He was also Emmy nominated four times for his work on Breaking Bad, winning for the series finale. Dixon joined the show in 2007 as assistant to Willingham on the pilot, then was promoted to editor when the show was picked up to series. She won an Emmy for the “Gliding Over All” episode and was nominated for three additional episodes of Breaking Bad as well as garnering four ACE Award nominations for the show. Gilligan says this editorial trio was crucial to the global success of the show.
“The pilot tells you the ground rules: Your hero is going to die. He’s given a death sentence and armed with this knowledge he decides to do things he would never have done otherwise. Lynne, Skip and Kelley didn’t let me stray from the logic of that. They were wonderful partners who would keep the writers honest by making sure we obeyed the internal rules of the narrative and of the characters we had set in motion.
That approach was very important to try not to cheat the audience. “In later seasons we also had some fantastic editing assistants step up and edit or co-edit episodes including Chris McCaleb [now editor on Better Call Saul] and Curtis Thurber [who assisted on Better Call Saul and went on to edit episodes of Fargo].” When Gilligan first pitched Breaking Bad – about a middleaged teacher with cancer who cooks crystal meth – he was told by the CEO of Sony Pictures Television, Michael Lynton, that it was “the single worst idea for a television show that I have heard in my whole life.” Lynton said that after he’d taken a gamble and greenlit a deal to distribute the show which aired in the U.S on AMC.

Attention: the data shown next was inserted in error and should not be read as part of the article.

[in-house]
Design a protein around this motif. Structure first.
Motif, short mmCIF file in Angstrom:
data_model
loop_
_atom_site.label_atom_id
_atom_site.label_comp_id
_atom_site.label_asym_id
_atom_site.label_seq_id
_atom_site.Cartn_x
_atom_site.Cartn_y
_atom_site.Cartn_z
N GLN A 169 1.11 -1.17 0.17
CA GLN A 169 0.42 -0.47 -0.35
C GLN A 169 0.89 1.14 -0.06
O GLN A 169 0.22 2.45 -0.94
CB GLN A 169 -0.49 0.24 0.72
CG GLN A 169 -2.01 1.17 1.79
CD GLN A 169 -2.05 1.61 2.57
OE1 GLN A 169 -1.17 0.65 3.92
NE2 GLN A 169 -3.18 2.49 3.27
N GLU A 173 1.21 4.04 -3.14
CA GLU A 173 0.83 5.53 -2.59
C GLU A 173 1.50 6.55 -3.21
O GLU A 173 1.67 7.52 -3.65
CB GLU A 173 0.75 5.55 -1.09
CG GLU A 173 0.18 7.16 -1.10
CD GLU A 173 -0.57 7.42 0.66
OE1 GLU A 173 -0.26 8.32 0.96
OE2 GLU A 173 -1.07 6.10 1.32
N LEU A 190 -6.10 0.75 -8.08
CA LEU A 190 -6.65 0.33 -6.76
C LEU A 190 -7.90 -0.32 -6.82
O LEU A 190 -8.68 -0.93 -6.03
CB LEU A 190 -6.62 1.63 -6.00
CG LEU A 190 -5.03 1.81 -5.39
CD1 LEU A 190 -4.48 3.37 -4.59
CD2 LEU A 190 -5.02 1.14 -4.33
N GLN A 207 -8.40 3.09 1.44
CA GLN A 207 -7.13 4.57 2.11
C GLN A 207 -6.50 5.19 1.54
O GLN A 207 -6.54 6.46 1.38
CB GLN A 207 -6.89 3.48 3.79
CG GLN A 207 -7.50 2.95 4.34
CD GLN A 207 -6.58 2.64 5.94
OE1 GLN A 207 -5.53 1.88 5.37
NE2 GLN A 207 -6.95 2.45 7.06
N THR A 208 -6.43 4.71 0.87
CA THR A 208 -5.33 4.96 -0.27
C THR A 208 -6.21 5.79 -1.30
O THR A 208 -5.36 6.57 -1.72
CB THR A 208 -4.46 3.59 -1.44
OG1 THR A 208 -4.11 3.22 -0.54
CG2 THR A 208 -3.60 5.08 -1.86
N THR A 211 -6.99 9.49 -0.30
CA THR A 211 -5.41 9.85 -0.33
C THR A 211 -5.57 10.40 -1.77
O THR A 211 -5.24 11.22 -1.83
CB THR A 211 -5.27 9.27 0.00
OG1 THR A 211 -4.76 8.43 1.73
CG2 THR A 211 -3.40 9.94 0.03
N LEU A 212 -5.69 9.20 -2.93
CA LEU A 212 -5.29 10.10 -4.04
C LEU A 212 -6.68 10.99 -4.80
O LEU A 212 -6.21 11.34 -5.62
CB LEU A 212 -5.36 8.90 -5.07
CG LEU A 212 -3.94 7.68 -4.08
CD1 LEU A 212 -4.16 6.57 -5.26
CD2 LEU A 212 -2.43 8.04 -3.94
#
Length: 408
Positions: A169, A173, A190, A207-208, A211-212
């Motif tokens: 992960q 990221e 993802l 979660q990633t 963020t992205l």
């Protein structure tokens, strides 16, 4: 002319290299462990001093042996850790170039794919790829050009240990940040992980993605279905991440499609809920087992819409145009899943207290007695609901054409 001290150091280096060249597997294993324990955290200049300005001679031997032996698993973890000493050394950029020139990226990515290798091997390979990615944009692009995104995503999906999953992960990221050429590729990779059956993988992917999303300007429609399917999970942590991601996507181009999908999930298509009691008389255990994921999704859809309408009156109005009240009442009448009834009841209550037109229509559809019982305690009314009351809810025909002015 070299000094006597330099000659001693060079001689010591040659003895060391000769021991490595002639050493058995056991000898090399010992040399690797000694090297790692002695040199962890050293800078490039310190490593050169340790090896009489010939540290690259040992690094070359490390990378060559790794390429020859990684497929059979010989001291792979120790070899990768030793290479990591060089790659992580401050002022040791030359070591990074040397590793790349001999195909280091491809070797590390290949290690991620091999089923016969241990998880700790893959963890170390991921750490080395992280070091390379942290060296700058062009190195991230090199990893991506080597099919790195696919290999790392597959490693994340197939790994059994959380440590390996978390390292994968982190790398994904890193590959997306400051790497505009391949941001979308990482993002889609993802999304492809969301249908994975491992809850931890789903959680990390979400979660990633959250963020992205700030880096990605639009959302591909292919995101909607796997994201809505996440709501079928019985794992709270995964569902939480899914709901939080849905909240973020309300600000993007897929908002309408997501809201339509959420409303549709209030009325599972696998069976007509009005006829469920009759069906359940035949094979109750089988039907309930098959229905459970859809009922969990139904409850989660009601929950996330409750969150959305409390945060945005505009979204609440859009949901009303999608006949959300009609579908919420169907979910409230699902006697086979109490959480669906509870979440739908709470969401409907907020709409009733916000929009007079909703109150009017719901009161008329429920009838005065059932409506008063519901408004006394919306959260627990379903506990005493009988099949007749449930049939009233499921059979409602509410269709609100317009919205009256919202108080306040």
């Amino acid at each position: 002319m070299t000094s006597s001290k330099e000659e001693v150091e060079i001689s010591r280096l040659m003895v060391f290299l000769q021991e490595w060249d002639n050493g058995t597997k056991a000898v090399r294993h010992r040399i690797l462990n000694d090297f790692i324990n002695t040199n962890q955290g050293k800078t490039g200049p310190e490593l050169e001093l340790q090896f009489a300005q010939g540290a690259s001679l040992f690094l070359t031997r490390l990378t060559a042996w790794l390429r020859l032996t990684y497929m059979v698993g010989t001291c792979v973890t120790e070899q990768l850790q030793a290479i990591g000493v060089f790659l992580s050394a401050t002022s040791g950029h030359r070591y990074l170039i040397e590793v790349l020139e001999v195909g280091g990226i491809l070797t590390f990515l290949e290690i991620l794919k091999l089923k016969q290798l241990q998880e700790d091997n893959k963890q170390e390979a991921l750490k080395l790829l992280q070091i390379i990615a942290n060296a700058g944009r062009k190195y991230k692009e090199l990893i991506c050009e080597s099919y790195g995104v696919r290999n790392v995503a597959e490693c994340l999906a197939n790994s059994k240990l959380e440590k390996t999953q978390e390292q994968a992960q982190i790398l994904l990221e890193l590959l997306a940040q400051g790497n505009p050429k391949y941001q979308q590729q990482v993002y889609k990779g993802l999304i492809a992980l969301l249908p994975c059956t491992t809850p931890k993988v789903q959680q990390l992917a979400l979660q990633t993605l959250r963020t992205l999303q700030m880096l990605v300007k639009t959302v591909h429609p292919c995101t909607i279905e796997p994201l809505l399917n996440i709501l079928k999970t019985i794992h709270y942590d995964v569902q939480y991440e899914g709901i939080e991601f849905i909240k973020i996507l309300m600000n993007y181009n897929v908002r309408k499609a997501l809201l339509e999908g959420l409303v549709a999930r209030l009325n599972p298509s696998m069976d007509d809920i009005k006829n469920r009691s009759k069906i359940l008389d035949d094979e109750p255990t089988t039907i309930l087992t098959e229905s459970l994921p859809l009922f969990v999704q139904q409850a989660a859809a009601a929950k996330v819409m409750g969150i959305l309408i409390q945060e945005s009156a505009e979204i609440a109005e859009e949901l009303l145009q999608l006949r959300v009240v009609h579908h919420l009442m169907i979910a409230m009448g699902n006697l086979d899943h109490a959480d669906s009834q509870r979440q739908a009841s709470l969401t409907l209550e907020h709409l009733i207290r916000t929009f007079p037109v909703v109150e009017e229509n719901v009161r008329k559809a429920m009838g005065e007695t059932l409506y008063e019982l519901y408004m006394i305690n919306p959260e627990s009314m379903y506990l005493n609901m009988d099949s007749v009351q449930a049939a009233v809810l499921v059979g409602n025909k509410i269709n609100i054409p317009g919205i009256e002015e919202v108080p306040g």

Going into Breaking Bad, Gilligan and his creative team had looked around at what else was going on in TV and deliberately set out to do what other shows did not. For example, they found that TV had become very tightly framed. A lot of drama was filmed in close-up and The X-Files was no exception. “It was extremely successful for The X-Files stories but a typical scene might include a close-up of Scully, screaming, then a close-up of Mulder, also screaming, then back to Scully still screaming. I’d been cutting and shooting that for seven years and I was looking for something new. It was at a point where TV displays were getting bigger in the home and it dawned on me to shoot wider and make more of landscapes and the wider aspect ratio.